Judge improving after shooting; Supreme Court seeking temporary replacements

One of the two Clark County judges wounded in an Indianapolis shooting early Wednesday morning is improving after initially being in critical condition. Meanwhile, action is being taken to temporarily fill the now empty bench seats of the two injured judges.

The Indiana Supreme Court said Thursday that Clark Circuit Judge Bradley Jacobs underwent surgery Thursday morning and is now in serious but stable condition. The court reported Wednesday morning that Judge Andrew Adams was in stable condition, though it did not have an update as of Thursday morning.  

The Indianapolis hospitals where the men are believed to be admitted, Eskenazi Health and IU Health Methodist, would not confirm if the men were being treated there.

While the judges remain hospitalized, the Supreme Court’ Office of Judicial Administration “is working with Judge (Vicki) Carmichael to ensure the administration of justice continues in Clark County with senior judges and pro tem judges,” who are needed to oversee operations in the courtrooms of Adams and Jacobs.

Both judges were in Indianapolis for the Spring Judicial Conference, one of many continuing education programs hosted by the Indiana Supreme Court, when they were shot in the parking lot of the downtown Indianapolis White Castle. Hundreds of judges from across the state attend the three-day conference – including Adams, Jacobs and Clark County Presiding Judge Vicki Carmichael.

Carmichael, who presides over Clark Circuit Court 4, said received the news early Wednesday morning that Adams and Jacobs were shot in a “random act of violence.” Indianapolis Metropolitan Police said nothing suggested the attacks were based on Adams and Jacobs’ profession.

Adams, who was elected and took office in January 2015, presides over Clark Circuit Court 1, where he hears major felony, estate, guardianship and civil tort cases. He was certified to run a Veteran’s Treatment Court in April 2018 and has received provisional certification for an Adult Problem-Solving Court beginning in December 2019. 

Adams is a graduate of Indiana University-Southeast and IU Robert H. McKinney School of Law. He is also a United States Marine Corps veteran, is married and has three children.

Jacobs presides over Clark Circuit Court 2 and also took office in January 2015. In his courtroom, Jacobs hears all drug-related crime cases.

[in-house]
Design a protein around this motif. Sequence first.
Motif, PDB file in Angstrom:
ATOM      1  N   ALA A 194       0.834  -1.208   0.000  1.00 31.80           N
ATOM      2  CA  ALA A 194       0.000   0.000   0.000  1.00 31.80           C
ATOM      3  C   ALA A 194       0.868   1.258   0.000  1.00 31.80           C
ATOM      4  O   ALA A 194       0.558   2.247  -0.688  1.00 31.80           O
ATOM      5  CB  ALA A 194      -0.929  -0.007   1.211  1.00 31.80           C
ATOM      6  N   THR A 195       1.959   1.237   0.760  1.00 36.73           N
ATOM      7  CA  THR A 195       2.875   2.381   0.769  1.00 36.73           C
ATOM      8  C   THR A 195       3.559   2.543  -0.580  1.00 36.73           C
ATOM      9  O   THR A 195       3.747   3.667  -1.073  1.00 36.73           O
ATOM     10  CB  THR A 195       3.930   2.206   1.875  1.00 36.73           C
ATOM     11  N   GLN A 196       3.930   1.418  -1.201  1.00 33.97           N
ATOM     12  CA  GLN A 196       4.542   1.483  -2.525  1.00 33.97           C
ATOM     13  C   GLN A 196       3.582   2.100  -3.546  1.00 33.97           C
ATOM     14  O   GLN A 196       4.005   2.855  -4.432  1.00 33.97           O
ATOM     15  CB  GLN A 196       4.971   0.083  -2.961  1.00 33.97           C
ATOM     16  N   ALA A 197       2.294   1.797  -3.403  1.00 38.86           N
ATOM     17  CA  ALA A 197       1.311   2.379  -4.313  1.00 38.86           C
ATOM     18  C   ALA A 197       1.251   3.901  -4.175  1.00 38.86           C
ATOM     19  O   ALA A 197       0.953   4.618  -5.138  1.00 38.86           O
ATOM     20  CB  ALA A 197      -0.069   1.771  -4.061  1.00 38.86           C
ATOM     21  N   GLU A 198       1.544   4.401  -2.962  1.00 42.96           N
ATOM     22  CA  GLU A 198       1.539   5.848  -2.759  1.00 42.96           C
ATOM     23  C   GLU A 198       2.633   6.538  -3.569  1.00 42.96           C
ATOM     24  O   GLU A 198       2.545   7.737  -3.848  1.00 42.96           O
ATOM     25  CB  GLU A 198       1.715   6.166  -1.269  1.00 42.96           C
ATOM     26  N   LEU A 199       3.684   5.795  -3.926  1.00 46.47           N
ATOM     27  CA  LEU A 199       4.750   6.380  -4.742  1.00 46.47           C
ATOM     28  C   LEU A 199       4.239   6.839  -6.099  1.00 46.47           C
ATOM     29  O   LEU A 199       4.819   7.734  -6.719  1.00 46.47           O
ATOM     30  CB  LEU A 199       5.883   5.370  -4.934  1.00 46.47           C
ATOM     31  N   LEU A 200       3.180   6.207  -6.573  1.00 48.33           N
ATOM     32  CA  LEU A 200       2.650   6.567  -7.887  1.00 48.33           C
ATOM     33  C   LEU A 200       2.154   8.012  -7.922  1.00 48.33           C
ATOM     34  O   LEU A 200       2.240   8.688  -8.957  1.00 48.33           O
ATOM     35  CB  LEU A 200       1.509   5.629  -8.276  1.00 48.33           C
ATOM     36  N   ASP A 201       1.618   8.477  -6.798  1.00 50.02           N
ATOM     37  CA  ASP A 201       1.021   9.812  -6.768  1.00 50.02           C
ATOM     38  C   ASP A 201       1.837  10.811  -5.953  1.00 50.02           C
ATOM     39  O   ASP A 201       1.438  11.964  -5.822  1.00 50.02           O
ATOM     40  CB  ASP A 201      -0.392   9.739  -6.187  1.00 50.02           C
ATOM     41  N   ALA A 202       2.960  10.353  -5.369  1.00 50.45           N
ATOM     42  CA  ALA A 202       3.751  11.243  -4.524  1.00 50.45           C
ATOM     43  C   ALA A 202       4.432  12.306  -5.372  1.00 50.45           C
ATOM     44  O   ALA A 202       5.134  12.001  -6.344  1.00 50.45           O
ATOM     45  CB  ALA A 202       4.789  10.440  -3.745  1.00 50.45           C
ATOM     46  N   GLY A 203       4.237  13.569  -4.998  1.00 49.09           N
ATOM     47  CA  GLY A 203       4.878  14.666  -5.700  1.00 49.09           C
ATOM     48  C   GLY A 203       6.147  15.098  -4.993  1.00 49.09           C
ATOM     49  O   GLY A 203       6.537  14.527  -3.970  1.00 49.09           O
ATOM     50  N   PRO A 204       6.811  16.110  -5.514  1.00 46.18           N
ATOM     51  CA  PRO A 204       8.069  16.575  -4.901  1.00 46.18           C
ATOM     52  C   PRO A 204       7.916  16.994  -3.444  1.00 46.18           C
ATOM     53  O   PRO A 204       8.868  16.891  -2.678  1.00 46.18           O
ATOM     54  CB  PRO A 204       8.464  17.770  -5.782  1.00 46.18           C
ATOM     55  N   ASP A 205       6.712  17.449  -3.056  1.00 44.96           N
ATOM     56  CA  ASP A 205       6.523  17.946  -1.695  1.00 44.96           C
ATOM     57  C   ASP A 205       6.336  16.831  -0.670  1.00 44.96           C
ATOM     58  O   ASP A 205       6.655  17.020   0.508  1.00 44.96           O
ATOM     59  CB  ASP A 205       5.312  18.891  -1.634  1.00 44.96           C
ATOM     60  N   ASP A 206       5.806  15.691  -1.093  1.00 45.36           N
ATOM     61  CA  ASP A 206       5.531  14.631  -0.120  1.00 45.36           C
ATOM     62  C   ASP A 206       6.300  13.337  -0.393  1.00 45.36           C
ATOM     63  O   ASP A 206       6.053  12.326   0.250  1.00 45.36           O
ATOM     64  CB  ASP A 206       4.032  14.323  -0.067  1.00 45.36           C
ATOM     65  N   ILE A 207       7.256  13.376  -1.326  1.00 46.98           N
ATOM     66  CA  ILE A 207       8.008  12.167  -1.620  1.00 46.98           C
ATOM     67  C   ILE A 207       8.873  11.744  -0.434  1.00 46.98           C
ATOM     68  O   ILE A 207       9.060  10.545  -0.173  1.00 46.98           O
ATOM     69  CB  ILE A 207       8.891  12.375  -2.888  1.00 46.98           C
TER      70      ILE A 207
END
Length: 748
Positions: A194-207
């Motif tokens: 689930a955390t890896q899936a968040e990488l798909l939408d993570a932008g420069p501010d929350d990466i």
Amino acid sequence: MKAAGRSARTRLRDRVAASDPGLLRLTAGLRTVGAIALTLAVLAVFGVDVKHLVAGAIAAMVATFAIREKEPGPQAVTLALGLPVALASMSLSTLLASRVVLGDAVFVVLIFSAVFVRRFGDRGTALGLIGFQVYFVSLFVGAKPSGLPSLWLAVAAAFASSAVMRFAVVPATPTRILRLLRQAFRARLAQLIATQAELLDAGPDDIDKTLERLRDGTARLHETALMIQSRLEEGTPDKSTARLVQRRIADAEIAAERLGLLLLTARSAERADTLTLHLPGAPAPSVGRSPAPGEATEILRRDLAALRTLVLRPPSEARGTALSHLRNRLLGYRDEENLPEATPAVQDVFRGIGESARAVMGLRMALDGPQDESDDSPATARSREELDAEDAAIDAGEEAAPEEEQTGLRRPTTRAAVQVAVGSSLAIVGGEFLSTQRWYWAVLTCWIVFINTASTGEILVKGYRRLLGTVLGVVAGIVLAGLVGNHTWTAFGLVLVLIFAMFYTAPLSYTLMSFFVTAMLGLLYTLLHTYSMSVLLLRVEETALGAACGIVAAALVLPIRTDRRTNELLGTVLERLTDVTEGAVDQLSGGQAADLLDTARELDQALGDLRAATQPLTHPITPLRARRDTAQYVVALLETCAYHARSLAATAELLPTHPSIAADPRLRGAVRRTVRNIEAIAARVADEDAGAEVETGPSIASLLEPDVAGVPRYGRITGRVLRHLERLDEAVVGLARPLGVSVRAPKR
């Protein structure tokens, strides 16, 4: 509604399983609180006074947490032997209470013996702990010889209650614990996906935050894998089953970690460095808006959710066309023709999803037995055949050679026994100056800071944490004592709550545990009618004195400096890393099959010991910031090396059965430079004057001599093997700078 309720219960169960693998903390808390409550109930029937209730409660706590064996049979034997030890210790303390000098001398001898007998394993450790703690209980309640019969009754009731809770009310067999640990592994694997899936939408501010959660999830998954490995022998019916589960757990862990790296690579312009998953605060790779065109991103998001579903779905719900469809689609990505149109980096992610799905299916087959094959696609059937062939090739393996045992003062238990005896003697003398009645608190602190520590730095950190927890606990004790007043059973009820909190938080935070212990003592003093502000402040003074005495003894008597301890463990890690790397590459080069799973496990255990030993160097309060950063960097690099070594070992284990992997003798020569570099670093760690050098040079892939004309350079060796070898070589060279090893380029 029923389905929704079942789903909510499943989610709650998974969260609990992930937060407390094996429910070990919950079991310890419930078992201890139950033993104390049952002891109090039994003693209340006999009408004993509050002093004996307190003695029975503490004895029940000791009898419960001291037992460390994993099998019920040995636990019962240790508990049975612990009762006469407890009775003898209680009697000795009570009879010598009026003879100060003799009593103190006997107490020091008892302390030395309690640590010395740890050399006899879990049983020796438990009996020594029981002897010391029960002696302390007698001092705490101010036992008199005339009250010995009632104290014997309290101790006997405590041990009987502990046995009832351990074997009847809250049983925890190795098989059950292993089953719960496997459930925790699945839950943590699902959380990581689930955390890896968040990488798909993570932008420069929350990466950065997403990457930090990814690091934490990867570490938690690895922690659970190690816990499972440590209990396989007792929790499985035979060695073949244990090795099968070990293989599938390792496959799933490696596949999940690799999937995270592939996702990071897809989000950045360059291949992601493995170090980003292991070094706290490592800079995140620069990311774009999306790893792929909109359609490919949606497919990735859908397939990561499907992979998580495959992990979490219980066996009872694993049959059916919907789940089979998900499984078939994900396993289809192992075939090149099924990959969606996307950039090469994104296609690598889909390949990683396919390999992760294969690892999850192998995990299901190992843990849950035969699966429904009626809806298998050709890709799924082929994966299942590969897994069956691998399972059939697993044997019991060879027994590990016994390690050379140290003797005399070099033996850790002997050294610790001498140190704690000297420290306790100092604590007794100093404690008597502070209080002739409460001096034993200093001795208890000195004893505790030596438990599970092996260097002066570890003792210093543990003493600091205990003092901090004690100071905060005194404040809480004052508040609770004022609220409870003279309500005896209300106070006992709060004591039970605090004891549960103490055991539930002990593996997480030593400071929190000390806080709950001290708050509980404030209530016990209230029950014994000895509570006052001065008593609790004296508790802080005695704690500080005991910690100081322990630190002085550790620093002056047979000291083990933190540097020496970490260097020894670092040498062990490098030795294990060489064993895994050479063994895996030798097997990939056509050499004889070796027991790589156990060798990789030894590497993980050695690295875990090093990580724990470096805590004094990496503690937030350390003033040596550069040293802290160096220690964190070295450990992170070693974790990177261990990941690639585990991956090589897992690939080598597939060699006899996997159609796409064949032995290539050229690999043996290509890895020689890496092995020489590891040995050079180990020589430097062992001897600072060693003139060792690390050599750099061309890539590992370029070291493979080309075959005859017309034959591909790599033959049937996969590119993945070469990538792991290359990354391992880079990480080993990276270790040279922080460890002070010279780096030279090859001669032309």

Jacobs graduated from Indiana University-Southeast and University of Louisville Brandeis School of Law. He is a U.S. Marine Corps reserve veteran, is married with three children and enjoys speaking at schools to encourage students.

Both judges are involved in the Clark County CARES program, a grassroots organization that promotes awareness and education to the local community regarding the opioid epidemic.

A prayer vigil was held for both judges Wednesday evening at St. Paul's Episcopal Church in downtown Jeffersonville, quickly pulled together by Rev. Nancy Woodworth-Hill, who also facilities the CARES program. 

Woodworth-Hill hadn’t yet begun to eat her breakfast when she was informed of the shooting Wednesday morning. But by the time she received a third phone call about the incident, she knew the community needed something to happen.

The evening vigil drew in at least 160 community members, Woodworth-Hill said, with standing room only. Candles were lit and time was dedicated for song, silence and prayer.

“They were grateful to have had that solace to hold these gentlemen in their thoughts and prayers and hearts,” Woodworth-Hill said. “I think that when a community is able to gather and be together, they are much greater than gathered individuals can be.

“I do know the community has great love and affection for these two judges, and they showed up,” she added.  

Woodworth-Hill, who has worked alongside the judges with the CARES program, said Adams and Jacobs are well-regarded in the community. Both are willing to help where needed and aim to better the lives of those around them in and out of the courtroom.  

“If you think of a judge, you think of someone standing there making judgment over people’s lives,” she said. “But these guys really care. I find them just really lovely human beings. I’m glad that they serve here.”

The Indiana legal community has also offered support and prayers for the injured judges, with representatives from the Clark County Bar Association and Indiana State Bar Association releasing statements in response to the “terrible news.” Indiana Chief Justice Loretta Rush also released a statement, saying she met with the judges’ families following the shooting.

“Our judges across the state are heartbroken to learn of this violent act against our colleagues,” Rush said. “We send our prayers for a speedy recovery for both Judge Jacobs and Judge Adams and our love and support to their families and the Clark County community.”

Clark County courts were closed Wednesday but have reopened today. Senior judges and/or judges pro tempore have not yet been appointed to serve in Adams’ and Jacobs’ absences.

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